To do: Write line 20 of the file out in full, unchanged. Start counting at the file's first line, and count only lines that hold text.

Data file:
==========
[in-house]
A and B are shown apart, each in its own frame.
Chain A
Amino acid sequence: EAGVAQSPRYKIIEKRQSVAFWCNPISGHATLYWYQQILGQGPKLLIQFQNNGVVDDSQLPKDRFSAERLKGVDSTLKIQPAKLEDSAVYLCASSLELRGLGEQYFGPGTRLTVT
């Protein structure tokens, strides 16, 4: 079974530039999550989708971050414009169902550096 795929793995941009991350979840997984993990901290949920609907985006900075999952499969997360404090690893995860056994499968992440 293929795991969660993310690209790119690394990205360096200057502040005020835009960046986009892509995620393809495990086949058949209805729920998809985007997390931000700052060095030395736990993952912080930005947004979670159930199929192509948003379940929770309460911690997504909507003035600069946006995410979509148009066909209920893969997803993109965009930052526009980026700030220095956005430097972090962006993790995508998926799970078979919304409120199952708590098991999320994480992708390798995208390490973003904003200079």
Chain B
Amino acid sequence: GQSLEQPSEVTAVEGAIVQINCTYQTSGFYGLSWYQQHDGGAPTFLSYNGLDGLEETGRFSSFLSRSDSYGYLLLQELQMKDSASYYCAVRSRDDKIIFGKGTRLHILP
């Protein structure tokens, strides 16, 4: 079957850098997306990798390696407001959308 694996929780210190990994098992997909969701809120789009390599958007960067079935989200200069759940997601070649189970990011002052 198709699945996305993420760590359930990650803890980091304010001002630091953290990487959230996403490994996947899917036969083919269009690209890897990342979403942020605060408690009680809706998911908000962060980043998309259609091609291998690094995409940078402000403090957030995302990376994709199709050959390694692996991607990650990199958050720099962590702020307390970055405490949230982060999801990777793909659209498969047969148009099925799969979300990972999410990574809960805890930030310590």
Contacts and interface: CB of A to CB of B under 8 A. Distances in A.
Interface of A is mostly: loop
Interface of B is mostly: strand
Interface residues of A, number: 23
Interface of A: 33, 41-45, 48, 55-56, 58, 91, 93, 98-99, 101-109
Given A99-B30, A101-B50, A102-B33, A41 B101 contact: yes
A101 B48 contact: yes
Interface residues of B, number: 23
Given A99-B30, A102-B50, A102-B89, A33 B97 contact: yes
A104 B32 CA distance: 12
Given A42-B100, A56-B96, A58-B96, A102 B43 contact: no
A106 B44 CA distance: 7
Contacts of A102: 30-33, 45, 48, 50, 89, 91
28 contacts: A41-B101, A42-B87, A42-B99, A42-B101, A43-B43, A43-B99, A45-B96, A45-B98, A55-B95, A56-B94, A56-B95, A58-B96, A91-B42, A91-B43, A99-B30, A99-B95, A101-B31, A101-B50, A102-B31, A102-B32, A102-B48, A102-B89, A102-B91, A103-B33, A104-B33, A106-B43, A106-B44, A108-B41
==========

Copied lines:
A106 B44 CA distance: 7